An early draft proposal for a new Regulation on Markets in Crypto-assets (MiCA) was recently leaked to the public, giving industry participants a glimpse of the potential regulatory landscape of the crypto industry in the years to come. Acknowledging the need for harmonisation on the EU level, the draft Regulation covers the gamut from public offerings of “crypto-assets” to the licensing of stablecoin providers and crypto-asset service providers. The draft Regulation, which likely will not enter into force until 2022 at the earliest, applies to crypto-assets not covered by existing EU financial services legislation (e.g., MiFID II, E-Money Directive, PSD II).

Legal Certainty for Crypto-Asset Offerings

The draft Regulation aims to provide legal certainty for the offering and marketing of crypto-assets. Public offerings of crypto-assets within the European Union are made subject to an obligation to publish a “whitepaper” with mandatory disclosure requirements. The issuer must notify the whitepaper to the national competent authority at least 20 days before it is published. The issuer is also obliged to provide the competent authority an “assessment” explaining why the offered crypto-asset does not represent a financial instrument, electronic money, deposit or structured deposit under EU law. The competent authority has the power to require the issuer to amend or supplement the whitepaper or even suspend or prohibit the offering.

Exempt from the whitepaper obligation are offerings of less than EUR 1 million over a period of 12 months as well as offerings solely addressed to qualified investors. Also exempt are offerings of non-fungible crypto-assets as well as offerings of crypto-assets that “are automatically created through mining as a reward for the maintenance of or validation of transactions on a [distributed ledger technology] (sic) or similar technology” – possibly a reference to staking.

The draft Regulation also provides for certain organizational and behavioral requirements for issuers as well as requirements on marketing communications. Also significant is the requirement that proceeds of the offering must be kept in custody by a credit institution and/or an authorized crypto-asset service provider.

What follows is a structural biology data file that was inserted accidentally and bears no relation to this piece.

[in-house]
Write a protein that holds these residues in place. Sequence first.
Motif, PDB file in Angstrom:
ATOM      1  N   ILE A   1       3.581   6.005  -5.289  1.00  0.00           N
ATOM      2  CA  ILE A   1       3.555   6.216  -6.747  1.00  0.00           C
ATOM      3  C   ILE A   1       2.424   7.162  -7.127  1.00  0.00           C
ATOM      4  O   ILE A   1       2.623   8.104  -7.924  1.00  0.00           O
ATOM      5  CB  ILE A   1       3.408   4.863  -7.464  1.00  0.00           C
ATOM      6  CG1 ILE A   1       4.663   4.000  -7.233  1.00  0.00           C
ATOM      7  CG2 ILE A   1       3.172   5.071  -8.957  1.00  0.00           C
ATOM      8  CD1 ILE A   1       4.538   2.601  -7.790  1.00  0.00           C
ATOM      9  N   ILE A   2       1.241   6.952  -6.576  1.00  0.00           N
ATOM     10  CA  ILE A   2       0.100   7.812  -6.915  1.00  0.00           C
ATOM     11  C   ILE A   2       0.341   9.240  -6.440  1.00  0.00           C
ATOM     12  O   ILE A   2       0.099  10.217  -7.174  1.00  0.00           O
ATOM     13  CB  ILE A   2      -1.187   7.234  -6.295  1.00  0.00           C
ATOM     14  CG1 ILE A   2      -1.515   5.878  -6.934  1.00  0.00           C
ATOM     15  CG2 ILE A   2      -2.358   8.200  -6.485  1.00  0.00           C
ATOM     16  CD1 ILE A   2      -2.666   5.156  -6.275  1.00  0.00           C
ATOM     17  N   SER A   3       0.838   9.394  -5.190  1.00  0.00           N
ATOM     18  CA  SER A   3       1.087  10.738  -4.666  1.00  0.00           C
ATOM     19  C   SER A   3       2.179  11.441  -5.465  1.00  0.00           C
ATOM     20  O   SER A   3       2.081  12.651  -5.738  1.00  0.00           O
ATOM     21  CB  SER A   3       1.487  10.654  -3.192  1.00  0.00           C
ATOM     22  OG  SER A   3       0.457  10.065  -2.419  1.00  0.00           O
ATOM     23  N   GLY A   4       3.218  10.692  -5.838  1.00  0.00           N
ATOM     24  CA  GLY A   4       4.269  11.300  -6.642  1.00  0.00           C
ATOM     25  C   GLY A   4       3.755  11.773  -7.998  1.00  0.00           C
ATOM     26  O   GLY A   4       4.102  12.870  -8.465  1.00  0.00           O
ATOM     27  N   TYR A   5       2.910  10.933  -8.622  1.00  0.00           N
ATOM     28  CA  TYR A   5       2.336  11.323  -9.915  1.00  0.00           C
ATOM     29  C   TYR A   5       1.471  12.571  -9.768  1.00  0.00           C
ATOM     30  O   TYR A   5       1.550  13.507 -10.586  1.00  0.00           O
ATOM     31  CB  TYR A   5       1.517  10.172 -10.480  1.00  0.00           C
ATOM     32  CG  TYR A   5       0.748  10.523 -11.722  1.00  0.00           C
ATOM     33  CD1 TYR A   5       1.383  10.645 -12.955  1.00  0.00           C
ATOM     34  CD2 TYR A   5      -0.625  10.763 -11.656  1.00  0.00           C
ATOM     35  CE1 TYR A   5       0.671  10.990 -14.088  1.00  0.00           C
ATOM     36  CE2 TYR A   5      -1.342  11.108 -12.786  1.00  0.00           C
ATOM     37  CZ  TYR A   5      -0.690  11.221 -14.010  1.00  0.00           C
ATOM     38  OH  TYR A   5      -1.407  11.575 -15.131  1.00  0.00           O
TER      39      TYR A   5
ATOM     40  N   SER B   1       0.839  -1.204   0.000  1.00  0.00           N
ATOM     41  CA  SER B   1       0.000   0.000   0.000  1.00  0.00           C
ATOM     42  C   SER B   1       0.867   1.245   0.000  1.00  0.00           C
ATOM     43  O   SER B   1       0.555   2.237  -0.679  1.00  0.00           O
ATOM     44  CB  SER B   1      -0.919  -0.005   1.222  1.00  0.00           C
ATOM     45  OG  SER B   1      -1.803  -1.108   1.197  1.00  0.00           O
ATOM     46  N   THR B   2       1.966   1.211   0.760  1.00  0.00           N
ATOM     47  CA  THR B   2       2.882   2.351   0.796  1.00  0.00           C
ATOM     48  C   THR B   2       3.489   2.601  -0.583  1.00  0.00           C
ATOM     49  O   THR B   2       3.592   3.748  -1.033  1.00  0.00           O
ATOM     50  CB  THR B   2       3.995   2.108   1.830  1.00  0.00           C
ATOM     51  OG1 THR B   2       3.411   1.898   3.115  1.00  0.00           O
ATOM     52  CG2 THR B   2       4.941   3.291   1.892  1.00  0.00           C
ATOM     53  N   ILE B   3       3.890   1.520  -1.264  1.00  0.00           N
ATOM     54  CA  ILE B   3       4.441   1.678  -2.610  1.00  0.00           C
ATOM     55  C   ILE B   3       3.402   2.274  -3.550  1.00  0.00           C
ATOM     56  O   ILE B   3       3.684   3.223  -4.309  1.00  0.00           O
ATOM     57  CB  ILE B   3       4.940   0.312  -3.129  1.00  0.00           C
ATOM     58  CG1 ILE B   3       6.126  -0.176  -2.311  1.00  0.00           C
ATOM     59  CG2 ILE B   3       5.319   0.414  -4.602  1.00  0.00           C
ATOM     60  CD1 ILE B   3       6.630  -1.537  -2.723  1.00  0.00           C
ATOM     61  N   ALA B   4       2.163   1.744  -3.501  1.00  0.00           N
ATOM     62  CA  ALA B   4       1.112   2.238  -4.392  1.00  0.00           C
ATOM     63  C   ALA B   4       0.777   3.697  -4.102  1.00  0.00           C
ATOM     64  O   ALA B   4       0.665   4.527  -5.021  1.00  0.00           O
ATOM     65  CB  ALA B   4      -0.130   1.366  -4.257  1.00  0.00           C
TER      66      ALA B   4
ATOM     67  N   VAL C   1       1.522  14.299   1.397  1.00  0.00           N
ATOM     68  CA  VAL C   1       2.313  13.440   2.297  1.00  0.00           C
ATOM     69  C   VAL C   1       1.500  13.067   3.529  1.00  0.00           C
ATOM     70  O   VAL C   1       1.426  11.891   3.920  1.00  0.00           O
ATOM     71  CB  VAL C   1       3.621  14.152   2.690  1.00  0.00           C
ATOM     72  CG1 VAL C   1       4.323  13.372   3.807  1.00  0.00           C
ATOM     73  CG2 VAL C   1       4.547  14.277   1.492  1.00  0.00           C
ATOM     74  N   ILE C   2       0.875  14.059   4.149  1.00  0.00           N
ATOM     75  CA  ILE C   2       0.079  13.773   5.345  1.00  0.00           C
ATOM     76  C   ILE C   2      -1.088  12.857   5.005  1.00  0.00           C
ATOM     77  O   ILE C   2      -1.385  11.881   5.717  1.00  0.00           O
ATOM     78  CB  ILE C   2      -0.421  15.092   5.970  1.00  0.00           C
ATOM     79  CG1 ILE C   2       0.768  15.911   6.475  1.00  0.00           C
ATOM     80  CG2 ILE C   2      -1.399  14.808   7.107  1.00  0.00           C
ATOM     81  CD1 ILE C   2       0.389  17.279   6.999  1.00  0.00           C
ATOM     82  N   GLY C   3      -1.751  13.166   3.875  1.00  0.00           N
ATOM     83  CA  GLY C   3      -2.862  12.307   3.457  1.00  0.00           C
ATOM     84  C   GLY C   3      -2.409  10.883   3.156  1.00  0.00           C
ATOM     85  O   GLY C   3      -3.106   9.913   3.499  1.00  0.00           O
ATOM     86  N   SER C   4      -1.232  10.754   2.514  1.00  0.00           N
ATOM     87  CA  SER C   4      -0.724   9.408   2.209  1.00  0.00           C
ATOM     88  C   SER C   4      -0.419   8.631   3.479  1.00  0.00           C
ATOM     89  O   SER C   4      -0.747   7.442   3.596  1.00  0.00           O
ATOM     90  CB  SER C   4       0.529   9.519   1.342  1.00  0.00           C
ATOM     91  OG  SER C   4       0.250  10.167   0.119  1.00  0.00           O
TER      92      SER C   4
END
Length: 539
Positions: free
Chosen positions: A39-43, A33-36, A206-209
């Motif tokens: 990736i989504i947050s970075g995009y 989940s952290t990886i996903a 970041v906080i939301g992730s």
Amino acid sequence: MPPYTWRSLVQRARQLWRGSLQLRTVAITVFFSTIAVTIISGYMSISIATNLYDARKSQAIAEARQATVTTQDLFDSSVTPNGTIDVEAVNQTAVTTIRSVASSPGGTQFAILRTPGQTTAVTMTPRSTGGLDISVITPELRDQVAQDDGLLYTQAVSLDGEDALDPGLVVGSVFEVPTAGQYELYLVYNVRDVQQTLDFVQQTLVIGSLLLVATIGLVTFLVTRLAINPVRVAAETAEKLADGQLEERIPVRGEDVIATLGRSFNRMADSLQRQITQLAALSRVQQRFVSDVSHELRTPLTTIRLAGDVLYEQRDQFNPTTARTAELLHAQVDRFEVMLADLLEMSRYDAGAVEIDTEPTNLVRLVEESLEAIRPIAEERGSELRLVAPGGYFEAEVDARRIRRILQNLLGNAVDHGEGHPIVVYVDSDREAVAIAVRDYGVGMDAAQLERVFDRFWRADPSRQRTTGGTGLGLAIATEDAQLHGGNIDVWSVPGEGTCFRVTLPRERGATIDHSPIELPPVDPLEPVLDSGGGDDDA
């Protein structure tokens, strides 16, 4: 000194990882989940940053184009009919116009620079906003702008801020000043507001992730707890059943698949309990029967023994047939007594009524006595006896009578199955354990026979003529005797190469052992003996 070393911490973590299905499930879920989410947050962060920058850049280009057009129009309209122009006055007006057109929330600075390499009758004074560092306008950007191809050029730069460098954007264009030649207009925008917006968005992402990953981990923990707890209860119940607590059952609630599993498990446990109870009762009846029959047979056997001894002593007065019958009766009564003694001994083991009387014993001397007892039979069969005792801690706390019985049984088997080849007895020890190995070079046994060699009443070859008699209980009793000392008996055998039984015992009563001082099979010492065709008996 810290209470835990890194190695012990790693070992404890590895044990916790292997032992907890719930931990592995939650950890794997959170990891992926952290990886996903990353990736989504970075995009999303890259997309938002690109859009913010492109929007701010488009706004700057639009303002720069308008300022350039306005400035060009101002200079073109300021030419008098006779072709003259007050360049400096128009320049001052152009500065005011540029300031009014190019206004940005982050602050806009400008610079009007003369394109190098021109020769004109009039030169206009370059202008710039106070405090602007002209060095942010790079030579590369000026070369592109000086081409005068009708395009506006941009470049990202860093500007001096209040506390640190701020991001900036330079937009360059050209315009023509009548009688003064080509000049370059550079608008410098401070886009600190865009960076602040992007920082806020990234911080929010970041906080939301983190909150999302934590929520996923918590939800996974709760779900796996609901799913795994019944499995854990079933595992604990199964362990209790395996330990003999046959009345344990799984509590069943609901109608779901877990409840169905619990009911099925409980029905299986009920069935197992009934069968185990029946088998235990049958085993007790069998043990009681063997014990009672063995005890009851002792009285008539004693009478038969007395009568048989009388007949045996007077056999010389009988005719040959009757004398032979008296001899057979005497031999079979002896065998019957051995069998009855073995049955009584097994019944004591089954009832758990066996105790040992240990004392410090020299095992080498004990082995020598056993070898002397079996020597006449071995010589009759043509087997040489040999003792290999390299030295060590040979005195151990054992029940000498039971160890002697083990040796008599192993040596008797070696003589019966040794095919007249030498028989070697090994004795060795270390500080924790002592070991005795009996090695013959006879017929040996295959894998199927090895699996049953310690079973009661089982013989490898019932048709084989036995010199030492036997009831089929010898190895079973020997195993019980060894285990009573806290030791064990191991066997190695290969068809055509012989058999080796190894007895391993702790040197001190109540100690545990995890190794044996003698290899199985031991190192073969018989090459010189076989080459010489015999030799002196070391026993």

New Regulatory Regime for Stablecoins

The explanatory memorandum to the draft Regulation presents “stablecoins” as a potential threat to financial stability and orderly monetary policy as they become more widely adopted. The draft Regulation creates a new license requirement for stablecoin issuers with more than EUR 5 million tokens outstanding over a period of 12 months. An exemption is carved out for “algorithmic stablecoins” that do not reference one or more assets and whose value is maintained by protocols that adjust the token supply based on changes in demand. Stablecoin issuers are obliged to maintain a capital buffer of EUR 350,000 or 2% of the average amount of the reserve assets, whichever is higher.

The draft Regulation provides for a separate class of stablecoin issuers who are deemed to be “significant”. These issuers have more stringent organizational and governance obligations as well as a higher minimum capital buffer requirement.

Increased Regulation of Crypto-Asset Service Providers

Perhaps in response to the uneven national implementation of the provisions of the 5th Anti-Money Laundering Directive relating to virtual currency service providers, the draft Regulation imposes a license obligation on the provision of any of the following services:

  1. the custody and administration of crypto-assets on behalf of third parties;
  2. the operation of a trading platform for crypto-assets;
  3. the exchange of crypto-assets for fiat currency;
  4. the exchange of crypto-assets for other crypto-assets;
  5. the execution of orders for crypto-assets on behalf of third parties;
  6. the placement of crypto-assets;
  7. the reception and transmission of orders for crypto-assets on behalf of third parties;
  8. the advice on crypto-assets;
  9. the execution of payment transactions in asset-referenced tokens.

The services may be provided only by legal persons that have a registered office in an EU member state. These “crypto-asset service providers” are subject to prudential and organizational requirements, including maintaining minimum capital requirements and establishing appropriate internal control mechanisms and effective procedures for risk management.

Most interesting are the requirements for “the operation of a trading platform for crypto-assets”, which to date have largely escaped regulatory scrutiny within the EU. Under the draft Regulation, trading platform operators will be required to establish assessment procedures for listing crypto-assets on the trading platform. A general prerequisite to listing a crypto-asset is the prior publication of a whitepaper. Listing of crypto-assets with an “inbuilt anonymisation function” also is generally prohibited.

Codifying Prohibitions of Market Abuse

The draft Regulation prohibits market abuse in connection with crypto-assets. This includes prohibitions on insider trading and market manipulation. The prohibitions apply only to crypto-assets that are admitted to or have applied for trading on a trading platform. In addition, issuers are made subject to ad hoc disclosure obligations, which mirror the obligations of issuers of publicly traded financial instruments in the EU Market Abuse Regulation (MAR).

*    *    *

Oliver Völkel | Bryan Hollmann | Philipp Ley